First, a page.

Cavalier King Charles Spaniel Photo Gallery
Cavalier King Charles Spaniel Temperament and Personality
These small, loveable dogs are fairly low-maintenance. Cavalier King Charles Spaniels are very intelligent little dogs, and love children. They fit in well into most living situations, and thrive on human attention and companionship. They also get along very well with other dogs, cats and family pets.
Known as the ultimate lapdog, this sweet-tempered canine makes a wonderful companion dog for the single person or elderly, and also manages to make an ideal family pet. Possessing a great deal of patience and a very sweet attitude, he is usually very tolerant of children and other small animals – moreso than his more popular cousin, the Cocker Spaniel.
Cavalier King Charles Spaniel Health Concerns
Like any breed of dog, the Cavalier King Charles Spaniel is subject to a variety of health concerns. Your best bet is, when deciding to choose a new Cav puppy, check around with several breeders and ask about the various health issues that can affect these beautiful dogs. A reputable breeder should be well-versed in the health concerns and should be able to give you more details, as well as showing you the sire and dam of your potential puppy. Some of the health problems that can affect Cavalier King Charles Spaniels include:
Mitral valve disease
Cavalier King Charles Spaniel Exercise Needs
Unlike many of the Spaniel dogs, the Cavalier requires little physical exercise. Happy with the occasional walk and opportunity to do his business outside, he is the perfect lapdog and, accordingly, tends to be better suited for loafing around.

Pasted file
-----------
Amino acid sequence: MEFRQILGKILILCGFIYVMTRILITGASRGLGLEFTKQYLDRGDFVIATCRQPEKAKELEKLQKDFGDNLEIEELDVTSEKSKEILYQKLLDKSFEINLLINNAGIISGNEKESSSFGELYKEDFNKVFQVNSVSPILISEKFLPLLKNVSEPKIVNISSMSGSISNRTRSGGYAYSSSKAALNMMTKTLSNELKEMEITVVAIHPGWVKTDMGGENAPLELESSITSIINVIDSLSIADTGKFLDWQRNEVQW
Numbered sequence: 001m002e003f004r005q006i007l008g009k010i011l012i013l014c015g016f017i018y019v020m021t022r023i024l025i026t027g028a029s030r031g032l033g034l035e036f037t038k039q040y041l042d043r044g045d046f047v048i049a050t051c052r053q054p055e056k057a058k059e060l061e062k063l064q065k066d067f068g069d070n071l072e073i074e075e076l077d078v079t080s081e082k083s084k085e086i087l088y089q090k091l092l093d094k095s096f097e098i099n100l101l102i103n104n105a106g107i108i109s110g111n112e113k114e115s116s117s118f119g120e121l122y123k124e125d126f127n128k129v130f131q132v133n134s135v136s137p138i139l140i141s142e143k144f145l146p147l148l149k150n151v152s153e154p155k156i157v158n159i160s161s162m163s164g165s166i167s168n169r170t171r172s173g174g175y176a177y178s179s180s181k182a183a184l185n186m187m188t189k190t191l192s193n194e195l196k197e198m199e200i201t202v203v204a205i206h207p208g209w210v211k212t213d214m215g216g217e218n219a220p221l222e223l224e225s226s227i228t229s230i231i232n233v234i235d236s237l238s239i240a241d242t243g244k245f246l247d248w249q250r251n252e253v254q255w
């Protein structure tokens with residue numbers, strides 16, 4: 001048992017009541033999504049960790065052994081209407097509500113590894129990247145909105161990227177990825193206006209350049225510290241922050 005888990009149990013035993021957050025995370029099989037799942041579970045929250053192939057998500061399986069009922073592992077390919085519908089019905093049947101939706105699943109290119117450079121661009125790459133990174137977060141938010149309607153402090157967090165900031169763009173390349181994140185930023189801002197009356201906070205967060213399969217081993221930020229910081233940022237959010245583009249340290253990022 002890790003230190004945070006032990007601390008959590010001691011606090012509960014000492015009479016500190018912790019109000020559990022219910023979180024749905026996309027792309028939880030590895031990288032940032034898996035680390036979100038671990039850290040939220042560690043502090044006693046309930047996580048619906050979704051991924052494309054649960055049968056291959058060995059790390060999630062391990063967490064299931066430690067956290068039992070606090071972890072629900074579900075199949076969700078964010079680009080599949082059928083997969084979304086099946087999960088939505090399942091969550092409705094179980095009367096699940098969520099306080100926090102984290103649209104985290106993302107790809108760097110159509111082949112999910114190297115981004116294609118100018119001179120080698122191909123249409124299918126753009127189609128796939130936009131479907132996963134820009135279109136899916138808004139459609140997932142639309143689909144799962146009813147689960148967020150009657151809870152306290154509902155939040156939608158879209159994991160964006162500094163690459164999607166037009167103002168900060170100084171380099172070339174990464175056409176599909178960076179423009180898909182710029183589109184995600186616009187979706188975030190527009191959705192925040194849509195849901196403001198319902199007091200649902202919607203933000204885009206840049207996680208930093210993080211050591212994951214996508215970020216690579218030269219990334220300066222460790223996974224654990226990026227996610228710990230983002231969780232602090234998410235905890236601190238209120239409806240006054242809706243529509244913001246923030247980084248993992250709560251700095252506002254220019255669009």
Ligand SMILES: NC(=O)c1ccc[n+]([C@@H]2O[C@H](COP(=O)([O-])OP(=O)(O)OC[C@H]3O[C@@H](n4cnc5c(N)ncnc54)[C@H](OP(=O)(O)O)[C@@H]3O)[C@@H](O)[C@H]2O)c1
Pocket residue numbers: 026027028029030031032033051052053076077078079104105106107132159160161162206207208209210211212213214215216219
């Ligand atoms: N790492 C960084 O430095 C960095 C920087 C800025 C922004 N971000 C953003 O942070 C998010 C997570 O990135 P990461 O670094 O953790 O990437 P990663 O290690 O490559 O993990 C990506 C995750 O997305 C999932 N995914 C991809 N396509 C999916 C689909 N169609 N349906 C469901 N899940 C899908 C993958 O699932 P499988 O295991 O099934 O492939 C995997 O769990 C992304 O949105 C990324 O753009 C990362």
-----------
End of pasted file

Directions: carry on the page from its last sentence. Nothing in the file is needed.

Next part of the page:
Cavalier King Charles Spaniel Training Tips
Training Cavalier King Charles Spaniel puppies requires that you maintain a degree of patience and understanding. While eager to please and very loving, they are more content with lazing about on your lap all day, rather than doing tricks for attention. The Cavalier can also be rather difficult to housebreak.
Cavalier King Charles Spaniel Grooming Tips
It’s important to get your Cavalier King Charles Spaniel puppy used to regular grooming at a young age – it’s also a good habit for you. While the Cavie does not require the time consuming and costly primp of many other breeds, it is important to comb out his hair on a daily basis (particularly his ears), thereby avoiding snarls which can lead to painful mats. Additionally, this hands-on attention is good for your dog’s physical and psychological health and it’s a known fact that it’s good for the human’s health as well!
Finding a Reputable Cavalier King Charles Spaniel Breeder Near You
Find a reputable local puppy breeder on our Cavalier King Charles Spaniel Dog Breeder Directory.
Choosing the right Cavalier King Charles Spaniel breeder is one of the most important decisions you’ll make in your quest for the perfect Cavalier King Charles Spaniel puppy. There are many dog breeders out there – some are highly responsible – others not so much.
We recommend the following criteria be used when choosing a responsible Cavalier King Charles Spaniel breeder:
- Breeding only health screened, AKC registered parents, or health screened generational Cockapoos with AKC registered, health screened lineage.
- Breeds for health and temperament.
- Is knowledgeable and truthful about their dogs and puppies, and does not make exaggerated claims as to the non-shedding or hypoallergenic traits of the breed.
- Offers advice and assistance with housetraining, puppy care, nutrition, etc.
- Places puppies only with carefully screened owners with a good potential for providing a loving, forever home.
- Puts the welfare of her dogs and puppies before profit.
- Is committed to her dogs and puppies for life, and will provide advice and support after you take your puppy home.
- Can provide you with plenty of references from past puppy buyers, veterinary references, etc.
Additional Cavalier King Charles Spaniel Resources
Learn more about Cavalier King Charles Spaniels here.